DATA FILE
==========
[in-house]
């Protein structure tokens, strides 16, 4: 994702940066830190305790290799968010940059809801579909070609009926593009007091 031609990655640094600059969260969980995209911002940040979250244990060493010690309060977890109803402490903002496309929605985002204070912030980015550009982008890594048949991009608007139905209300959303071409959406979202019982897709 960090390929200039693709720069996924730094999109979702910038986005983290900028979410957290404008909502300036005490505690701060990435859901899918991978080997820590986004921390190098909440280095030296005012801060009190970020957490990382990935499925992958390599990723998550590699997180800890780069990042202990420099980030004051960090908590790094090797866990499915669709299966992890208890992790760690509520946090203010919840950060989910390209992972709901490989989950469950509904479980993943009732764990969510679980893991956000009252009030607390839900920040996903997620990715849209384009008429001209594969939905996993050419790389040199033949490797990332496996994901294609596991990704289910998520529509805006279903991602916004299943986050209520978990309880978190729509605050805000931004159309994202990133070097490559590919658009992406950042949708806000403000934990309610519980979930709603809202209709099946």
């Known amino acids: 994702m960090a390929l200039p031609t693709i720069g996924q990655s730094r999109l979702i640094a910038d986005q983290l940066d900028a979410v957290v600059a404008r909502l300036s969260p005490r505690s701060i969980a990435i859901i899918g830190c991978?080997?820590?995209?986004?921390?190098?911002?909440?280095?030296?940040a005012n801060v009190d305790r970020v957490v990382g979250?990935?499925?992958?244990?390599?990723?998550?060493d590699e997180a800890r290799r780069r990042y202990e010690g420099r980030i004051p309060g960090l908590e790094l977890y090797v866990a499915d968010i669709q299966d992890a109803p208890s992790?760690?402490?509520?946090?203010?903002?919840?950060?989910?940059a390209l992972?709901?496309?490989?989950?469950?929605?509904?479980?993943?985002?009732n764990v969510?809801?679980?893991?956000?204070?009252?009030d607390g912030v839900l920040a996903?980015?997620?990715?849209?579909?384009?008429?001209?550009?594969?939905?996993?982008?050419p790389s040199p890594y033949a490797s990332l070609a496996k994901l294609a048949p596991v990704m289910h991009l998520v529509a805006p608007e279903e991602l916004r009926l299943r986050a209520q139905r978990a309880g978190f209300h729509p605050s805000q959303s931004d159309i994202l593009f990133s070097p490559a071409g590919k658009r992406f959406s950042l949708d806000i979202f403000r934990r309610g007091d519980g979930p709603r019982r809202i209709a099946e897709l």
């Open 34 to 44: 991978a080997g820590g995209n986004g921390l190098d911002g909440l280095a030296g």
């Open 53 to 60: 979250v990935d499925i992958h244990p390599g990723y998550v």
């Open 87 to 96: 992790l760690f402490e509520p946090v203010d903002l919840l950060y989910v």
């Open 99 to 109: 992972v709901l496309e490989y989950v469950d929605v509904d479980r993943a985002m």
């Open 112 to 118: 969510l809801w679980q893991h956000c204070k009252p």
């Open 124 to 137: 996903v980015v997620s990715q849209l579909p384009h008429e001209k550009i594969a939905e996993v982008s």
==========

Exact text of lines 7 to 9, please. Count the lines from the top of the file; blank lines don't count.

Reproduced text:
């Open 99 to 109: 992972v709901l496309e490989y989950v469950d929605v509904d479980r993943a985002m």
């Open 112 to 118: 969510l809801w679980q893991h956000c204070k009252p």
């Open 124 to 137: 996903v980015v997620s990715q849209l579909p384009h008429e001209k550009i594969a939905e996993v982008s």